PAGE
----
You who believe! Be upholders of justice, bearing witness for Allah alone, even against yourselves or your parents and relatives. Whether they are rich or poor, Allah is well able to look after them. Do not follow your own desires and deviate from the truth. If you twist or turn away, Allah is aware of what you do. (Surat an-Nisa': 135)

Believers will mobilise all their forces to prevent injustice. Even if most people act in the opposite way, their carelessness and lack of conscience do no make believers lax. They know that they will be questioned in the afterlife about what efforts they made on behalf of justice and what they did to prevent injustice. They will not try to escape their responsibility as very many people do in the world by claiming they did not see, hear or notice anything. They remember that if they act carelessly, not only they are the losers but all the people who are wronged by injustice, and that, if they act conscientiously, not only are they are the winners in the afterlife, but all of the oppressed and wronged people will also benefit. For this reason they will never be disinterested observers of injustice. If there is any injustice at all, they will never ignore it by minding their own business and pretending they haven't seen anything.

Even if the teachings of the Qur'an are in opposition to the profit of the individual human, and even if it is hard to accept, it requires that justice be observed without distinction between mother, father, acquaintance, stranger, rich or poor. For this reason, a believer tries not to commit injustice during the day and strenuously avoids closing his eyes to injustice. He tries to give everyone what they deserve.

For example, when passing in front of people waiting in a queue for a bus, he won't be disrespectful and he will not close his eyes to anyone who does this. He will intervene in a way that is appropriate to noble character and without creating tension. In a contest, he will be careful to praise all those who deserve praise and to receive the award. He will defend those in the right without making any distinction between them and his friends. If he or a close friend makes a mistake, he will openly admit it if the error caused harm to another person and he will do everything in his power to make restitution for the harm done.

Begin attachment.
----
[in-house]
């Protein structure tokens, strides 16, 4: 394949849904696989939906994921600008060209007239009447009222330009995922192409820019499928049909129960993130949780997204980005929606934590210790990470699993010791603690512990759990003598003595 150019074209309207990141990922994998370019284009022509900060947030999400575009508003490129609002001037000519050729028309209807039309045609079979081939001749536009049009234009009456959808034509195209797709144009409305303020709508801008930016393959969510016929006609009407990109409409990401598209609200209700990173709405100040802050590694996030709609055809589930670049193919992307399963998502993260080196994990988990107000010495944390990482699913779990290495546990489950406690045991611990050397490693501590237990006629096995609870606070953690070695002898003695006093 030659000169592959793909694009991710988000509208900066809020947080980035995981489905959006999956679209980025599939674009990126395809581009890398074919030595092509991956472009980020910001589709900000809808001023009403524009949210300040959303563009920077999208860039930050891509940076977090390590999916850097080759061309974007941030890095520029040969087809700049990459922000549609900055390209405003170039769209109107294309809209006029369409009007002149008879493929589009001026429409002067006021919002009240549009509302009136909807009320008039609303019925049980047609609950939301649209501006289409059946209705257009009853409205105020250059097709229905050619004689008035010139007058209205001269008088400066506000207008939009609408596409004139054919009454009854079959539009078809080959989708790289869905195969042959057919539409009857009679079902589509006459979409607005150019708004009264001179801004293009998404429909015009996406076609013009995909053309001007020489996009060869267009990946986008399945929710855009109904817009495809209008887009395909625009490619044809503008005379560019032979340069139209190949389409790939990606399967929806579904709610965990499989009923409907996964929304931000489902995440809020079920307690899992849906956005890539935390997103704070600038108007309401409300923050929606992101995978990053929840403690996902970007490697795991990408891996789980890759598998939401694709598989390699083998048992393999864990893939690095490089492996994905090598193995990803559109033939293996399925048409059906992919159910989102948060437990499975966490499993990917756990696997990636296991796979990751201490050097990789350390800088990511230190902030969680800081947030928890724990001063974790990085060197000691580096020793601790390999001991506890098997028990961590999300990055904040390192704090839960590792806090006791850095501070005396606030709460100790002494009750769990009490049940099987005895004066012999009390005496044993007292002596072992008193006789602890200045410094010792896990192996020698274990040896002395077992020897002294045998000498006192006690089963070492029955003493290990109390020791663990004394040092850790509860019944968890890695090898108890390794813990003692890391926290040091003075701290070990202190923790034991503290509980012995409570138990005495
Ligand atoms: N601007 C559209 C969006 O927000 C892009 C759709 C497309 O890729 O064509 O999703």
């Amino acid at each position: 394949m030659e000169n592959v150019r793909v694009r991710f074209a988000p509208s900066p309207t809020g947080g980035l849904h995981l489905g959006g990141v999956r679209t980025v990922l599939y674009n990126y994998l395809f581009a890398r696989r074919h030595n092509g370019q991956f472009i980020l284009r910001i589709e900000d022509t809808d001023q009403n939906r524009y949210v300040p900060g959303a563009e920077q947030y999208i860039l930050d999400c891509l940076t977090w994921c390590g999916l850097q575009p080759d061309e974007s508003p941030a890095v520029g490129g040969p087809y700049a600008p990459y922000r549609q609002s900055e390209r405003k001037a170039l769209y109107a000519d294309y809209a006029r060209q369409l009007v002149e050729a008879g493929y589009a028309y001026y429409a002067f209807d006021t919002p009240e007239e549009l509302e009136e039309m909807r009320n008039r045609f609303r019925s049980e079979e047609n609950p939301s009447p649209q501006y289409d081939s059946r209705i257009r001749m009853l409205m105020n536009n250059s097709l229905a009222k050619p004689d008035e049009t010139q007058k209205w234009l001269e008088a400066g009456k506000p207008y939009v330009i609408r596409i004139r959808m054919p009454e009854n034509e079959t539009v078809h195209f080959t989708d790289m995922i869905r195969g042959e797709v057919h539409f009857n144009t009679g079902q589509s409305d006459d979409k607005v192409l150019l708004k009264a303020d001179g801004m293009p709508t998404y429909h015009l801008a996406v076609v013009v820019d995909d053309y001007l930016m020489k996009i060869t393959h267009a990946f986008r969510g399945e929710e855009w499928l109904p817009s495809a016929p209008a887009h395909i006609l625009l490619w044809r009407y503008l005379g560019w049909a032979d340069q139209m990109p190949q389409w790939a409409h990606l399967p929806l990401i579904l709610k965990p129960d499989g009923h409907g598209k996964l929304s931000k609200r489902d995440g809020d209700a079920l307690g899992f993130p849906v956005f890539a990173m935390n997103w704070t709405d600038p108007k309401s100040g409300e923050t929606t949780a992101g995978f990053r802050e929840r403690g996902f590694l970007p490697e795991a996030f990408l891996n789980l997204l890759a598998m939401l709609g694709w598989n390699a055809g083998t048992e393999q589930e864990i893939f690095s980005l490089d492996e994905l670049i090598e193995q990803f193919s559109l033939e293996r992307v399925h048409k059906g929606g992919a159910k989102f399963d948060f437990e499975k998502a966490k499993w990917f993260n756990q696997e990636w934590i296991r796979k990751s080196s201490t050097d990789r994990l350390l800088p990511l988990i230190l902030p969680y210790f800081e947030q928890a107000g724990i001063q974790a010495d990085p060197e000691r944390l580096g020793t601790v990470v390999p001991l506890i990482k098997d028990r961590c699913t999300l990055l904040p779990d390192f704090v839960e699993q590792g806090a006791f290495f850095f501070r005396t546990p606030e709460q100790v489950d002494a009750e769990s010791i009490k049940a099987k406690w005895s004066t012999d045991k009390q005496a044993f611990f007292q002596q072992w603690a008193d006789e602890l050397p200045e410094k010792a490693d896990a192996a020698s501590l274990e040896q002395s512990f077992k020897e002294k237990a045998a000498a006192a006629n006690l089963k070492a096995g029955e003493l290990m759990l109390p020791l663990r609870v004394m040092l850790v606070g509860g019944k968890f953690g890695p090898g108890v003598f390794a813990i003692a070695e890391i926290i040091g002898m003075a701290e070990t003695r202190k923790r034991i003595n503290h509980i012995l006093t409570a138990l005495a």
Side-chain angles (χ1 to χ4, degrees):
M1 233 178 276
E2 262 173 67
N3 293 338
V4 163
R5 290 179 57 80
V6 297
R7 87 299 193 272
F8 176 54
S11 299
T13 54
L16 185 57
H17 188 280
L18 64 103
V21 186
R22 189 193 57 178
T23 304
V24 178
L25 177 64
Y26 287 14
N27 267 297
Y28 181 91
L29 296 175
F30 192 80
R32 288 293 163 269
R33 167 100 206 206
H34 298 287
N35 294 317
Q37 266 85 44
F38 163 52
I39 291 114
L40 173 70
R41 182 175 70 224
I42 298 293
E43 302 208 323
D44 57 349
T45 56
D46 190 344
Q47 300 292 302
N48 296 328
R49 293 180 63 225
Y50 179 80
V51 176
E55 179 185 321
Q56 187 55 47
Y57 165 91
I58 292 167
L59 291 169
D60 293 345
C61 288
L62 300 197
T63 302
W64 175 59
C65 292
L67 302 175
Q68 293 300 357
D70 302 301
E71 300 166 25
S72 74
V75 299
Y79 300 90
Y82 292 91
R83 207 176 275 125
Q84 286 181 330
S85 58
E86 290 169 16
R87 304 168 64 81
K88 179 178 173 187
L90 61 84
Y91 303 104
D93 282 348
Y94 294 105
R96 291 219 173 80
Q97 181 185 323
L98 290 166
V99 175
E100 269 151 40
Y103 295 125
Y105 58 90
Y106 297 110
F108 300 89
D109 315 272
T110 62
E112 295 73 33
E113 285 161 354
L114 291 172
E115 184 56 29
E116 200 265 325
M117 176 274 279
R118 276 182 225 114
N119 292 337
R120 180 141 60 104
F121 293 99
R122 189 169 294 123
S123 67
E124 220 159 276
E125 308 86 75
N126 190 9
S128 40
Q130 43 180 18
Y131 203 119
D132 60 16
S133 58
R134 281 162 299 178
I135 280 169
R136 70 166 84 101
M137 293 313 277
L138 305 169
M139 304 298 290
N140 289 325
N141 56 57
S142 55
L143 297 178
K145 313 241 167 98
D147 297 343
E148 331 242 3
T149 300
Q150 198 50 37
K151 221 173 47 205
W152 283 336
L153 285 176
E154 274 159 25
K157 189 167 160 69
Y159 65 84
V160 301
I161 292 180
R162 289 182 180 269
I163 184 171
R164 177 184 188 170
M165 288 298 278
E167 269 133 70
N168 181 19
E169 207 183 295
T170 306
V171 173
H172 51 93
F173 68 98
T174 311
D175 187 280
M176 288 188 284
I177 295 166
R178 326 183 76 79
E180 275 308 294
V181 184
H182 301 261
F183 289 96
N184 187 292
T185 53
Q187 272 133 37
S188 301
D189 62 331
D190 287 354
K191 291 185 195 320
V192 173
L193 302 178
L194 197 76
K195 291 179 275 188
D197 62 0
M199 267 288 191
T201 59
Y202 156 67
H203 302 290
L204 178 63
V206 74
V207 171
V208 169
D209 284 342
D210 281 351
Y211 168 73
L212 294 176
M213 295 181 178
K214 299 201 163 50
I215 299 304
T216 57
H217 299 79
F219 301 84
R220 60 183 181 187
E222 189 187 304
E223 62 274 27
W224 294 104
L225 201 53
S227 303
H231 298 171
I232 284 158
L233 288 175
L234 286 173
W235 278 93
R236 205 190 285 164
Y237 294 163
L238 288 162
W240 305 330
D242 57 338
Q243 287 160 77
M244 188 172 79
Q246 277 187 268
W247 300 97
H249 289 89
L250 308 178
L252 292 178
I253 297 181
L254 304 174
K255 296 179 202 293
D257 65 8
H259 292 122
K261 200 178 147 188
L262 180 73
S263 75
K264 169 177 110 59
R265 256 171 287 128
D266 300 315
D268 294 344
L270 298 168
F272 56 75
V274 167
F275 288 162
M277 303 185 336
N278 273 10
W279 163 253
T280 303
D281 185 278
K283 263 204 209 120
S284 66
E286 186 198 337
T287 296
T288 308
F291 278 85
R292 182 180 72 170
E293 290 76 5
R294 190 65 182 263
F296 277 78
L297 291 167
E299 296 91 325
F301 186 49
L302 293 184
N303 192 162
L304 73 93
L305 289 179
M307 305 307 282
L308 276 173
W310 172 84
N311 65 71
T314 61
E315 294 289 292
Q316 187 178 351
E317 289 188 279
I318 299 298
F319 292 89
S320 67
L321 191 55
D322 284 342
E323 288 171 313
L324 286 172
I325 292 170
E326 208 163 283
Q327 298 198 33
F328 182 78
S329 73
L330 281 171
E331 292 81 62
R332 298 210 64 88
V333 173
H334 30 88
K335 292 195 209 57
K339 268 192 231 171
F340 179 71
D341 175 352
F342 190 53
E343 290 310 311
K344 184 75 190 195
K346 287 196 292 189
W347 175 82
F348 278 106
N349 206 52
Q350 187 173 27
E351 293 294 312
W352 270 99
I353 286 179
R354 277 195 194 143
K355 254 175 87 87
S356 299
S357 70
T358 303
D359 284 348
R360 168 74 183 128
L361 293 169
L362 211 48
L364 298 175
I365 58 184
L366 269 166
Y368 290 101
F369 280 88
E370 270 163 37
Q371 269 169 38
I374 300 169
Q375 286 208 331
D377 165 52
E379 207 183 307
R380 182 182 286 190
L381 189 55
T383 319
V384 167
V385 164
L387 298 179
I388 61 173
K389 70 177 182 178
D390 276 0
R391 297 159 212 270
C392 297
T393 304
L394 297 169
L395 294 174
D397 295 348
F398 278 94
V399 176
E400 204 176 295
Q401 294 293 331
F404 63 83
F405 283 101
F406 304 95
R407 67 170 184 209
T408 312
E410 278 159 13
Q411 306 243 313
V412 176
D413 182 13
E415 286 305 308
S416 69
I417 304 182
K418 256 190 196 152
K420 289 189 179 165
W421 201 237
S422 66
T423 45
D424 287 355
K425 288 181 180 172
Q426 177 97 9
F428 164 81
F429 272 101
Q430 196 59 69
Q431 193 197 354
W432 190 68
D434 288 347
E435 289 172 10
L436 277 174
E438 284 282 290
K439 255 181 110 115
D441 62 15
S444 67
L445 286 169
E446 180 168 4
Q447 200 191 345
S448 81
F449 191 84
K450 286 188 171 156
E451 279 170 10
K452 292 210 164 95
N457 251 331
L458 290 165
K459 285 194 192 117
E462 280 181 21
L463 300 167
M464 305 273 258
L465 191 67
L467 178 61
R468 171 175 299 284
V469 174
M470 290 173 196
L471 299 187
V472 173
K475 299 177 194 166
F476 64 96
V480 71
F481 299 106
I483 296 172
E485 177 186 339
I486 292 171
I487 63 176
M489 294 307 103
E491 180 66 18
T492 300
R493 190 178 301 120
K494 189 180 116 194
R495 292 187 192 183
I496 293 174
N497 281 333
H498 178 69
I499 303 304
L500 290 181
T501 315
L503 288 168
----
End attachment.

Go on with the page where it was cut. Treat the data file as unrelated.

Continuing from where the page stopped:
Some people see nothing wrong in lying in order to hide a mistake they have made, gain some advantage, save themselves from a difficult situation or to get people to do what they want. Despite the fact that they know what they did is wrong and that their lies may be discovered at any time, they resort to this unpleasant behaviour. They don't remember that they will give an account for everything they have said and done on the Day of Judgment.

But believers never compromise in their honesty. They know that they must be honest at all times, as Allah has revealed in the Qur'an:

You who believe! Have taqwa of Allah and speak words which hit the mark [i.e., say what is true and appropriate]. (Surat al-Azhab: 70)

They obey this command meticulously every day. For example, as we said when discussing an earlier topic, they do not resort to lies to cover up a mistake. They immediately ask for pardon for any mistake they have made and try to make up for it. They do not tell lies in order to gain more respect or to be better liked. No matter what the reason, they do not see lying as a solution.

For this reason, a person who lives according to the teachings of the Qur'an in his daily life does not need to worry about telling a lie or being discovered in a lie. He lives the good, secure and peaceful life that honesty and sincerity bring. Someone who adopts this praiseworthy way of behaviour in this world will receive an even better reward in the afterlife. Allah gives these good tidings to the right-acting:

Allah will say, "This is the Day when the truthfulness of the truthful will benefit them. They will have Gardens with rivers flowing under them, remaining in them timelessly, for ever and ever. Allah is pleased with them and they are pleased with Him. That is the Great Victory." (Surat al-Ma'ida: 119)